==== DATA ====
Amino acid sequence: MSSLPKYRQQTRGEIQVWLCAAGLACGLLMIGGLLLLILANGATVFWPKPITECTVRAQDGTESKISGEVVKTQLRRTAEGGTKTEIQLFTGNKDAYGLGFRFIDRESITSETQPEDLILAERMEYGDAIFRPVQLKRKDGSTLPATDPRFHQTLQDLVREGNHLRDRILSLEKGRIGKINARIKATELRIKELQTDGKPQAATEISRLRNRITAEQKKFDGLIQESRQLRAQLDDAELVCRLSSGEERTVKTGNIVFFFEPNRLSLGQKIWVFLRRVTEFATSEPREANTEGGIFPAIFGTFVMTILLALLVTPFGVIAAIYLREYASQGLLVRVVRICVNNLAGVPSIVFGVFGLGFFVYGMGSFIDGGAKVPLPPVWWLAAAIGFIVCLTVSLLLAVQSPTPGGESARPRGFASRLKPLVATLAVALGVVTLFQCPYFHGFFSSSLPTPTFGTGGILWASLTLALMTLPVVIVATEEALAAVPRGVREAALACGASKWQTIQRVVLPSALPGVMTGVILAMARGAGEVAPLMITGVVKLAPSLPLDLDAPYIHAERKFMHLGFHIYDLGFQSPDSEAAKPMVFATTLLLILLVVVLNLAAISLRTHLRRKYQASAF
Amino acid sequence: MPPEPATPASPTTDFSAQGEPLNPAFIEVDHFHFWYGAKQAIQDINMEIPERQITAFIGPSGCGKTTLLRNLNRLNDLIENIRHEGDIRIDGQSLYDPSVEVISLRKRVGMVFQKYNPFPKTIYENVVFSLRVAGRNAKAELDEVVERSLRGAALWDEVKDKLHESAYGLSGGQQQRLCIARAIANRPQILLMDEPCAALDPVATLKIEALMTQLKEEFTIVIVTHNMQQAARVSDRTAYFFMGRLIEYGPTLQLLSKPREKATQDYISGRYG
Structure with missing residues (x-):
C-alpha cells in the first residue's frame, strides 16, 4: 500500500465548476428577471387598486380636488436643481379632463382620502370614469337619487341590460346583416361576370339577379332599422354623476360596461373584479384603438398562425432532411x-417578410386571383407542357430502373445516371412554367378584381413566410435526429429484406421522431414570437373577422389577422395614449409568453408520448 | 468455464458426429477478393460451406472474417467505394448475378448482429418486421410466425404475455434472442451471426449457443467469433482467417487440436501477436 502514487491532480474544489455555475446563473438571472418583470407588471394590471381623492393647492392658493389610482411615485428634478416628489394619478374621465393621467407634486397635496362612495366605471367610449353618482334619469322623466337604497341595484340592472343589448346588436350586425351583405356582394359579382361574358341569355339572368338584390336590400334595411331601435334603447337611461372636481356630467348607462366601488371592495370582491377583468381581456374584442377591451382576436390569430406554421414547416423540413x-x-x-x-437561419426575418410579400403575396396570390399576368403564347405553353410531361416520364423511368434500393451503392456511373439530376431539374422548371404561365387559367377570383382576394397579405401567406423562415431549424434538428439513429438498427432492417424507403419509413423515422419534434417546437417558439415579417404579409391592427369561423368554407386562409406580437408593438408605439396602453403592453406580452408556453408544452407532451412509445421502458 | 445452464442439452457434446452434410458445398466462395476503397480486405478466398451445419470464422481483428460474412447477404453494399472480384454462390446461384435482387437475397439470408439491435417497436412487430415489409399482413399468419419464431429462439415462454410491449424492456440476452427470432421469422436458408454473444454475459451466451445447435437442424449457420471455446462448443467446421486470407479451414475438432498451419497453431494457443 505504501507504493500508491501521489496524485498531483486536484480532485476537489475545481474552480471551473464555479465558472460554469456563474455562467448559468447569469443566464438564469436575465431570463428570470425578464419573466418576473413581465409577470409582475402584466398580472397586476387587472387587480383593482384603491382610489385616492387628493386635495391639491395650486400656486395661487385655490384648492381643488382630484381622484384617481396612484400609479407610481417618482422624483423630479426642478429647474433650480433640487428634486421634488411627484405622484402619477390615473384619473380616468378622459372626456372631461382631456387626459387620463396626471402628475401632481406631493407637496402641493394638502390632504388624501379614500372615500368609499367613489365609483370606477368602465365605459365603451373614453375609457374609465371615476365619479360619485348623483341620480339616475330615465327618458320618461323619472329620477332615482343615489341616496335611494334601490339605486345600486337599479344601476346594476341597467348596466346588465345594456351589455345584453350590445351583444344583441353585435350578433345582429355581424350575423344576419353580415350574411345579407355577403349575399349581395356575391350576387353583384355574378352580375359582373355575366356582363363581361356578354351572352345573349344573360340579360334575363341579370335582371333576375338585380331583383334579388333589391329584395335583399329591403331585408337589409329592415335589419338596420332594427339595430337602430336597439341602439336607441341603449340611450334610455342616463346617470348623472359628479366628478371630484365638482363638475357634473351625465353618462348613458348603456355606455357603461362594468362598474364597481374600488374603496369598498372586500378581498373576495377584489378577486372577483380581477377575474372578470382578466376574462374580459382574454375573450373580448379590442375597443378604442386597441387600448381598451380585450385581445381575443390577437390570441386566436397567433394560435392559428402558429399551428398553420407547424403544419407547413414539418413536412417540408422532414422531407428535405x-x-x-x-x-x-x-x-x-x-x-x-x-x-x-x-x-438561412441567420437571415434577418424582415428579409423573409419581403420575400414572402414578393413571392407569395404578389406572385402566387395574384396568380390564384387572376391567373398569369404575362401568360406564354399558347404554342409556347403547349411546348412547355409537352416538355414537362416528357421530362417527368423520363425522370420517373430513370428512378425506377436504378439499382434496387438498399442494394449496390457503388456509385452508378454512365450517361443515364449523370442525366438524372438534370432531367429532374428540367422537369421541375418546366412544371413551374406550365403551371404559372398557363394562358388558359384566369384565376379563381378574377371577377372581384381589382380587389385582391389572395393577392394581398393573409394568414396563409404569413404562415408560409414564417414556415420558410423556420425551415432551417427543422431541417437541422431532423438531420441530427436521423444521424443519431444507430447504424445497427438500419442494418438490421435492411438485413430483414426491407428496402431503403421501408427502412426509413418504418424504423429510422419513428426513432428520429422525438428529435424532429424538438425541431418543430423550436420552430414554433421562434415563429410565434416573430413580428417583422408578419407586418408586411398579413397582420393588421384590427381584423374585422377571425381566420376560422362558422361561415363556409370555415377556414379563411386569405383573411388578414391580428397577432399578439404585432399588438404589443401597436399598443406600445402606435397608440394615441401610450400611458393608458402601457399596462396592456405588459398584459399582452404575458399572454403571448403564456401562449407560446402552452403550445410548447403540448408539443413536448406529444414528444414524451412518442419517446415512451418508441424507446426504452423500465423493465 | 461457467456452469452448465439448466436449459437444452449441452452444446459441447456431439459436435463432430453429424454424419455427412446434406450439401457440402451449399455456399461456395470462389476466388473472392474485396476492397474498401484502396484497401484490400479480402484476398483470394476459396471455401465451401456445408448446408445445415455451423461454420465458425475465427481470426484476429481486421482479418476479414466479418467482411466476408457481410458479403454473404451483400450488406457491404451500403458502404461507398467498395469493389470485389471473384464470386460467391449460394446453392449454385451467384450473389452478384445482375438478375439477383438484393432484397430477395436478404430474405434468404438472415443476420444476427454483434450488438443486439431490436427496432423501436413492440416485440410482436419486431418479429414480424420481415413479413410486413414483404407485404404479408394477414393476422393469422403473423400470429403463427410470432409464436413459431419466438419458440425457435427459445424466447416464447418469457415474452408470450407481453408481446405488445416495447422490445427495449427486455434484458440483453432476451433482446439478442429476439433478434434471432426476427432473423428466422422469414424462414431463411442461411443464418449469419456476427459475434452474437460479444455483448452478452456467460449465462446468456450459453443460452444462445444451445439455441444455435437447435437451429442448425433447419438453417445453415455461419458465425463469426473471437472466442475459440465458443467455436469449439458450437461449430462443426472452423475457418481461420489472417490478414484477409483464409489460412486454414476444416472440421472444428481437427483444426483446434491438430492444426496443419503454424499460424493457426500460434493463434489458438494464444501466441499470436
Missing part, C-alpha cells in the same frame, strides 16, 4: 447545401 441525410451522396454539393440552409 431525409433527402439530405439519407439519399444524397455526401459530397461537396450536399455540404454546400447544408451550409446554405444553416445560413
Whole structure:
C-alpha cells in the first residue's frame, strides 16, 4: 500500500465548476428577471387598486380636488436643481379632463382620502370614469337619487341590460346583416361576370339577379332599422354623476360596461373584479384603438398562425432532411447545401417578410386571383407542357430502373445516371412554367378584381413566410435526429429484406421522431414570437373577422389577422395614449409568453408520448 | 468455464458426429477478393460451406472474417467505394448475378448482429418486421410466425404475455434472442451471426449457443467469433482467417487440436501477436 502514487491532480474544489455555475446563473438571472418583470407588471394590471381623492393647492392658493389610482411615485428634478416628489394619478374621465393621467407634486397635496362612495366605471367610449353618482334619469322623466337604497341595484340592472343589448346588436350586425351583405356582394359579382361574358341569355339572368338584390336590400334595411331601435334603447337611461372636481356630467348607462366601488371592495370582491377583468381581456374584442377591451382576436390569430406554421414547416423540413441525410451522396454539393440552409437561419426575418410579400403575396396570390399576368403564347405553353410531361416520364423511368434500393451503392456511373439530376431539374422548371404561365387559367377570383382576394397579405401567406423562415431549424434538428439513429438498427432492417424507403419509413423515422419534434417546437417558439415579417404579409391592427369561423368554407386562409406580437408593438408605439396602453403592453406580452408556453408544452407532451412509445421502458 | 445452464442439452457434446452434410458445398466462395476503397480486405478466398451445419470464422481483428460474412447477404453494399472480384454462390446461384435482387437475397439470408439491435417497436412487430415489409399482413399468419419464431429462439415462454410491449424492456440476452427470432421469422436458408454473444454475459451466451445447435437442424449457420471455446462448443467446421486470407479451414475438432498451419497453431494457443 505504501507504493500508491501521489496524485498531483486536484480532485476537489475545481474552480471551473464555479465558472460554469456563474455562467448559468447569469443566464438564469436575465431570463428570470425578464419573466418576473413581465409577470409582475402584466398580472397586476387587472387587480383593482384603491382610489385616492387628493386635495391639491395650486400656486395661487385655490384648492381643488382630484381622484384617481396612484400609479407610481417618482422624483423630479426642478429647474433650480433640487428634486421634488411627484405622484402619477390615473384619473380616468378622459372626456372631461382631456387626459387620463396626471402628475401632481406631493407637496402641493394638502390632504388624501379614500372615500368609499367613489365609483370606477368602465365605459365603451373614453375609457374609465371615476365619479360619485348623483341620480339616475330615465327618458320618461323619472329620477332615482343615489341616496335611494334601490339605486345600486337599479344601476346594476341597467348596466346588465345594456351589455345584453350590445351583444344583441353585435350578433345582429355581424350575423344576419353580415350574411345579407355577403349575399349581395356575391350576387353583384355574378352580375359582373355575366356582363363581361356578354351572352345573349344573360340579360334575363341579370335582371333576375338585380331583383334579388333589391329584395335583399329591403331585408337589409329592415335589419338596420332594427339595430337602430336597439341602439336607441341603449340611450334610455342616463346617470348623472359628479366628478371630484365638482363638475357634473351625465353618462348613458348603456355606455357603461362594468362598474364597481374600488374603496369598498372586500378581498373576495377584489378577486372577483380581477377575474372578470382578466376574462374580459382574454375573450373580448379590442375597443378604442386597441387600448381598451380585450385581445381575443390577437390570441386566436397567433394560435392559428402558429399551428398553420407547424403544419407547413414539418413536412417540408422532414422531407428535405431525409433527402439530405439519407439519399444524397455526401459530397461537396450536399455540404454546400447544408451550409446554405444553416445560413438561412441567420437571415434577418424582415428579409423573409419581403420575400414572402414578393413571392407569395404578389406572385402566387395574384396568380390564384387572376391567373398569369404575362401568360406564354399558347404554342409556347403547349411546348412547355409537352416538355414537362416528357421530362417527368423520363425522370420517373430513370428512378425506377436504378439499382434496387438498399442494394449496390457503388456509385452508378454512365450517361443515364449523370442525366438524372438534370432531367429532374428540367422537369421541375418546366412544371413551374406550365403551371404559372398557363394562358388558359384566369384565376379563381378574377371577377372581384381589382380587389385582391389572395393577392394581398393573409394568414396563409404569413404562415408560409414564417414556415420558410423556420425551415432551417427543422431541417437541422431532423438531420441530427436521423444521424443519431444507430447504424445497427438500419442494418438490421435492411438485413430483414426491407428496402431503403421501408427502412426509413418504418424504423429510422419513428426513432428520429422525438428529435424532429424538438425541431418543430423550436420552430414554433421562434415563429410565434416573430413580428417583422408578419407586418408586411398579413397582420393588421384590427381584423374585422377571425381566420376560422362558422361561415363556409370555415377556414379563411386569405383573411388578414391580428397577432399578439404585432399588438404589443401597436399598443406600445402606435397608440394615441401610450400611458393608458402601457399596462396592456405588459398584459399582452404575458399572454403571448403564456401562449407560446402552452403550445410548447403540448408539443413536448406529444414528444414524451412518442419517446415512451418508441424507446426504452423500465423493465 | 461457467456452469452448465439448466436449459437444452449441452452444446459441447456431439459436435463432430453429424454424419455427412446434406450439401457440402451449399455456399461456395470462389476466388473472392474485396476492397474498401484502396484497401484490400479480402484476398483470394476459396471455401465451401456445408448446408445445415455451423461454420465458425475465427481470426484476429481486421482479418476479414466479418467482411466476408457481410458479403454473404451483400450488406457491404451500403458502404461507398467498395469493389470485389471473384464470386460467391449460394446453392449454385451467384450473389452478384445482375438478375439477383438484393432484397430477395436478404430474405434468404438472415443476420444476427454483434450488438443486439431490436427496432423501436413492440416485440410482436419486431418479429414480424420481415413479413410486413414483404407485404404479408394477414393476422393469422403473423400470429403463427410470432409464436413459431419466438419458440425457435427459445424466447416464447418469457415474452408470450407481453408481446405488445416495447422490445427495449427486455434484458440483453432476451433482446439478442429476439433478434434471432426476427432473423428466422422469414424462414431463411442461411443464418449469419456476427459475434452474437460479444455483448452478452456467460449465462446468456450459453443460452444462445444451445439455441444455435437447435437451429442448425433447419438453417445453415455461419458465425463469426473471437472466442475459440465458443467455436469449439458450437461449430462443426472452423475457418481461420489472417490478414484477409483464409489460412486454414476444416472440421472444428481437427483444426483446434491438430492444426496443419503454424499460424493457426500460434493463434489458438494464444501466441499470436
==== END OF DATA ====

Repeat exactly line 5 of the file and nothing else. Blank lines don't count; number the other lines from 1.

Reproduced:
Missing part, C-alpha cells in the same frame, strides 16, 4: 447545401 441525410451522396454539393440552409 431525409433527402439530405439519407439519399444524397455526401459530397461537396450536399455540404454546400447544408451550409446554405444553416445560413